Even before the fighting ended, Civil War soldiers started memorializing their contributions to their respective causes. Initial monuments, such as the Hazen Brigade Monument at Stones River in Tennessee, erected in 1863, and the Bull Run Monument in Virginia, constructed just a couple of months after Appomattox, both bear early evidence of soldiers’ wishes to be remembered. A new surge of Civil War memorialization appeared in the last decades of the 19th century and the first half of the 20th century. This commemoration movement saw the emergence of hundreds of monuments on battlefields, in cemeteries, and on courthouse squares. However, other than a handful of exceptions, a large void in the memorial landscape remained for the men who fought in the United States Colored Troops (USCT).
Over the last quarter century or so, a wave of long-awaited memorialization has appeared across the United States honoring the men who served in USCT regiments during the Civil War. Artistic and informative monuments in Washington D.C.; Hartford, Connecticut; Vicksburg, Mississippi; St. Louis, Missouri; Nashville, Tennessee; among many others, add depth to the Civil War narrative by reminding us of the contributions of African American Union soldiers. At the same time, and regardless of race, these new monuments inspire a sense of pride and spark interest in learning more about the service, sacrifice, and accomplishments of USCT soldiers.
Now, a new and exciting USCT monument effort is underway. This memorial, honoring the men who fought at the Battle of New Market Heights, will commemorate their courageous deeds. Placing the monument at the site of the battle, where on September 29, 1864, 14 African American soldiers, and two white officers performed acts of heroism that eventually earned them the Medal of Honor, will finally help bring much needed recognition to this important victory and the men who battled there. The Battle of New Market Heights monument is just entering the conceptual phase. As the Battle of New Market Heights Memorial and Education Association (BNMHMEA) board members discuss designs, communicate with artists, and finally commission the monument, updates will be shared through this website. Please join us in our efforts by becoming a member of BNMHMEA and making a donation to this worthy effort.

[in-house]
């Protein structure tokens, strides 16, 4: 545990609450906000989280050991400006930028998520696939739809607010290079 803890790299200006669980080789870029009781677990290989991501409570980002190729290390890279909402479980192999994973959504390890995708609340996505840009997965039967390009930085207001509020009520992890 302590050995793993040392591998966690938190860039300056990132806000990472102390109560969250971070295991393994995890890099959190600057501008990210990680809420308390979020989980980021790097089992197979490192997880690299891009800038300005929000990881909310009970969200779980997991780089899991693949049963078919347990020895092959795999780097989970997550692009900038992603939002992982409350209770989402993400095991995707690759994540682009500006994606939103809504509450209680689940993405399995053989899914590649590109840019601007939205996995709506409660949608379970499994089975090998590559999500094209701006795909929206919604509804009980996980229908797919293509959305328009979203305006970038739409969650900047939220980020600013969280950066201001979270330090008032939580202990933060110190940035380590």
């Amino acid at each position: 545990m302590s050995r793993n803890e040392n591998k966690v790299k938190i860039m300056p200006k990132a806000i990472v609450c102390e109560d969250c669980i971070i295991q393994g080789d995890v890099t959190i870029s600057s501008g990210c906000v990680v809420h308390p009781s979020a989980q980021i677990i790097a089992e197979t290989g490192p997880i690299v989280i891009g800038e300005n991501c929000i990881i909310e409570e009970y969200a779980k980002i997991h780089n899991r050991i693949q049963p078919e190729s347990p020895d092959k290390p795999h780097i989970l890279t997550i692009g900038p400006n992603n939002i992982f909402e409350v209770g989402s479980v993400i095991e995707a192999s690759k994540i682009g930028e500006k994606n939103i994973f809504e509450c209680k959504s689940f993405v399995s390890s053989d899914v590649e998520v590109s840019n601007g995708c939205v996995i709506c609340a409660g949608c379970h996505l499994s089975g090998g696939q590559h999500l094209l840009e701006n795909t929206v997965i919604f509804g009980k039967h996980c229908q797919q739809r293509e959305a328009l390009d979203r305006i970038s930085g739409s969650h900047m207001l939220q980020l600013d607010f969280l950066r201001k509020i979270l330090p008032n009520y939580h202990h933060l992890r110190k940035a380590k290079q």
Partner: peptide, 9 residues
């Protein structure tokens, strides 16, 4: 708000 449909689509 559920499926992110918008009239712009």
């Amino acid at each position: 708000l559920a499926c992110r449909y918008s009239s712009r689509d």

The images of the monument design shown below are conceptual in nature and intended to convey idea and the scope of this project rather than a final design. The final monument design is subject to potential technical changes.